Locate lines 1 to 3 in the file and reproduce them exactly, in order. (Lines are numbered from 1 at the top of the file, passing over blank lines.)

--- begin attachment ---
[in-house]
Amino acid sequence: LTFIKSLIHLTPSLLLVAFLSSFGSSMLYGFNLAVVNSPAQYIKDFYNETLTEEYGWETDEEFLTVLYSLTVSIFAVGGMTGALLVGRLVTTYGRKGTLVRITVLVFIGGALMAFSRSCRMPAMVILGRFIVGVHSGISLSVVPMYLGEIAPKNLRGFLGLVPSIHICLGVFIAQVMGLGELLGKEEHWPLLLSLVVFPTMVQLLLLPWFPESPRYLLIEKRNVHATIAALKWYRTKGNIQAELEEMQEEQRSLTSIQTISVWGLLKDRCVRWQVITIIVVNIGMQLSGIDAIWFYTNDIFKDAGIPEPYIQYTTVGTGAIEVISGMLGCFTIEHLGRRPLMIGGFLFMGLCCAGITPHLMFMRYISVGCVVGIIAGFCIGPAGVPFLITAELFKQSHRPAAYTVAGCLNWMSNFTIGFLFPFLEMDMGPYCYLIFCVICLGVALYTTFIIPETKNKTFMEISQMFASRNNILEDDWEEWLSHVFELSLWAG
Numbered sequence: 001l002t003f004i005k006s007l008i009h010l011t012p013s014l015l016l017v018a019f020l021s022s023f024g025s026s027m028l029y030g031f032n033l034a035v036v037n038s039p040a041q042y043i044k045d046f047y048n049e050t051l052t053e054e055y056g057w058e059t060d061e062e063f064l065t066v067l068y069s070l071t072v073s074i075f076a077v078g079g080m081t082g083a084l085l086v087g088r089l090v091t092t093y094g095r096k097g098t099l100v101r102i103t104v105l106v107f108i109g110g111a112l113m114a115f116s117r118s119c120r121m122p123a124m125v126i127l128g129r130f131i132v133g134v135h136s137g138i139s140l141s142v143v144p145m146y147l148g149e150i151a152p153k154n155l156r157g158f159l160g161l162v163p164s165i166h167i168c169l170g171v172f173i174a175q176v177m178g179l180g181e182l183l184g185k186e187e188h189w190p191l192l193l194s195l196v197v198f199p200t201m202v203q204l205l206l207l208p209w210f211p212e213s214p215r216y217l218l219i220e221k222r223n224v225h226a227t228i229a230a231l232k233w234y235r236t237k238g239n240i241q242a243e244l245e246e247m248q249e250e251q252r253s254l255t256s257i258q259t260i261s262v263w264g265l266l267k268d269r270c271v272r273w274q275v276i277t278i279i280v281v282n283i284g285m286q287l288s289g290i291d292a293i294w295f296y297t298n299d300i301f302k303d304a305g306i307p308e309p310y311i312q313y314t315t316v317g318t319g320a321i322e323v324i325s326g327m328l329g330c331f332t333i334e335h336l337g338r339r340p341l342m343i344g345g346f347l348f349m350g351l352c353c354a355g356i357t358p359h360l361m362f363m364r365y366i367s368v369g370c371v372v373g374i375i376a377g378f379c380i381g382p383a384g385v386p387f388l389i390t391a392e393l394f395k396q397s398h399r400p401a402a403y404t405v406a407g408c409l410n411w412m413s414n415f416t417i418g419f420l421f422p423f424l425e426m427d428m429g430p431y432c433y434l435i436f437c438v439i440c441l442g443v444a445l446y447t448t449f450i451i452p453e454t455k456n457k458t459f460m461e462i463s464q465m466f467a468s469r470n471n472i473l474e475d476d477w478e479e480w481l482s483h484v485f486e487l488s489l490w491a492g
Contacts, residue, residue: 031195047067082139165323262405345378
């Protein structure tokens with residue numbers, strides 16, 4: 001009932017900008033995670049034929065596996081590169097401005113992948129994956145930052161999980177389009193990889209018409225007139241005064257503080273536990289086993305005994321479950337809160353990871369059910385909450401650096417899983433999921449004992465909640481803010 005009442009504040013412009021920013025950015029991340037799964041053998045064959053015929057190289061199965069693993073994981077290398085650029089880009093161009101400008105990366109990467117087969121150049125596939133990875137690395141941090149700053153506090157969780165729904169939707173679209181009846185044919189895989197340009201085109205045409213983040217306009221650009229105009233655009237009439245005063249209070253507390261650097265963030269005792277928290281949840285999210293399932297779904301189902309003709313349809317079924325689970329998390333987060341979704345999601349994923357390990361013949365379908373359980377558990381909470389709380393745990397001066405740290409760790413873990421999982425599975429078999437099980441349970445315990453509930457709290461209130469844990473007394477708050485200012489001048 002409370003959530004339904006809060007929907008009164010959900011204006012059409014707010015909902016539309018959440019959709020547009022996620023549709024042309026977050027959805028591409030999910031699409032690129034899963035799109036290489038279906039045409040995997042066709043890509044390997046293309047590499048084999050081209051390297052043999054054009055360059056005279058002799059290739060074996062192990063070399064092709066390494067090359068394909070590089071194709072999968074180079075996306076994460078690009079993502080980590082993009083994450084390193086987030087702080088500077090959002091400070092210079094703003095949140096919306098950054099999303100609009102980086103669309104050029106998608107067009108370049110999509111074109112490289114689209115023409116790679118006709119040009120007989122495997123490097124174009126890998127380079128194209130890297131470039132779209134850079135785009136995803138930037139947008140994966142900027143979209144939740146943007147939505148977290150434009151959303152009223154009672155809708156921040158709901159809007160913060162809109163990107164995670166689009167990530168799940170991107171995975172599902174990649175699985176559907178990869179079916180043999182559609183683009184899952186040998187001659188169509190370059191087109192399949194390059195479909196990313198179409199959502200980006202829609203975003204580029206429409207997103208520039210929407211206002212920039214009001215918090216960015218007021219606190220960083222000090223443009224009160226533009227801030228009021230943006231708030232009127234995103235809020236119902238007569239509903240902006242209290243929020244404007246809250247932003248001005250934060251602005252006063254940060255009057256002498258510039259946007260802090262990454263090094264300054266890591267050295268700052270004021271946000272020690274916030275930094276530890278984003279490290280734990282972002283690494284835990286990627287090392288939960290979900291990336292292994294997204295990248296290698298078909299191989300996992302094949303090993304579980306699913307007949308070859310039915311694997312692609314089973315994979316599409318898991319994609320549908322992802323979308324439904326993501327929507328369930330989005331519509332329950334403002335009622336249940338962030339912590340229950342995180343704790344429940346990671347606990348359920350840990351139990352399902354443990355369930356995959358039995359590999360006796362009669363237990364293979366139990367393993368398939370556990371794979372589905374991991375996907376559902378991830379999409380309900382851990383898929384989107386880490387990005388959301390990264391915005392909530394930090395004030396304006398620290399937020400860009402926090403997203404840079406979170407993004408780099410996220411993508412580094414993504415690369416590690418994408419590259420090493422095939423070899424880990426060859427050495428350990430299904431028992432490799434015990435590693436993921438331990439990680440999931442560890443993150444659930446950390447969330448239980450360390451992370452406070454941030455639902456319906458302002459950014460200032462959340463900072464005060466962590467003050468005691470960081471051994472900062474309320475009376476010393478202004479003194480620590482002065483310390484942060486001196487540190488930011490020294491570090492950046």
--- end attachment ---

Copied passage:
[in-house]
Amino acid sequence: LTFIKSLIHLTPSLLLVAFLSSFGSSMLYGFNLAVVNSPAQYIKDFYNETLTEEYGWETDEEFLTVLYSLTVSIFAVGGMTGALLVGRLVTTYGRKGTLVRITVLVFIGGALMAFSRSCRMPAMVILGRFIVGVHSGISLSVVPMYLGEIAPKNLRGFLGLVPSIHICLGVFIAQVMGLGELLGKEEHWPLLLSLVVFPTMVQLLLLPWFPESPRYLLIEKRNVHATIAALKWYRTKGNIQAELEEMQEEQRSLTSIQTISVWGLLKDRCVRWQVITIIVVNIGMQLSGIDAIWFYTNDIFKDAGIPEPYIQYTTVGTGAIEVISGMLGCFTIEHLGRRPLMIGGFLFMGLCCAGITPHLMFMRYISVGCVVGIIAGFCIGPAGVPFLITAELFKQSHRPAAYTVAGCLNWMSNFTIGFLFPFLEMDMGPYCYLIFCVICLGVALYTTFIIPETKNKTFMEISQMFASRNNILEDDWEEWLSHVFELSLWAG
Numbered sequence: 001l002t003f004i005k006s007l008i009h010l011t012p013s014l015l016l017v018a019f020l021s022s023f024g025s026s027m028l029y030g031f032n033l034a035v036v037n038s039p040a041q042y043i044k045d046f047y048n049e050t051l052t053e054e055y056g057w058e059t060d061e062e063f064l065t066v067l068y069s070l071t072v073s074i075f076a077v078g079g080m081t082g083a084l085l086v087g088r089l090v091t092t093y094g095r096k097g098t099l100v101r102i103t104v105l106v107f108i109g110g111a112l113m114a115f116s117r118s119c120r121m122p123a124m125v126i127l128g129r130f131i132v133g134v135h136s137g138i139s140l141s142v143v144p145m146y147l148g149e150i151a152p153k154n155l156r157g158f159l160g161l162v163p164s165i166h167i168c169l170g171v172f173i174a175q176v177m178g179l180g181e182l183l184g185k186e187e188h189w190p191l192l193l194s195l196v197v198f199p200t201m202v203q204l205l206l207l208p209w210f211p212e213s214p215r216y217l218l219i220e221k222r223n224v225h226a227t228i229a230a231l232k233w234y235r236t237k238g239n240i241q242a243e244l245e246e247m248q249e250e251q252r253s254l255t256s257i258q259t260i261s262v263w264g265l266l267k268d269r270c271v272r273w274q275v276i277t278i279i280v281v282n283i284g285m286q287l288s289g290i291d292a293i294w295f296y297t298n299d300i301f302k303d304a305g306i307p308e309p310y311i312q313y314t315t316v317g318t319g320a321i322e323v324i325s326g327m328l329g330c331f332t333i334e335h336l337g338r339r340p341l342m343i344g345g346f347l348f349m350g351l352c353c354a355g356i357t358p359h360l361m362f363m364r365y366i367s368v369g370c371v372v373g374i375i376a377g378f379c380i381g382p383a384g385v386p387f388l389i390t391a392e393l394f395k396q397s398h399r400p401a402a403y404t405v406a407g408c409l410n411w412m413s414n415f416t417i418g419f420l421f422p423f424l425e426m427d428m429g430p431y432c433y434l435i436f437c438v439i440c441l442g443v444a445l446y447t448t449f450i451i452p453e454t455k456n457k458t459f460m461e462i463s464q465m466f467a468s469r470n471n472i473l474e475d476d477w478e479e480w481l482s483h484v485f486e487l488s489l490w491a492g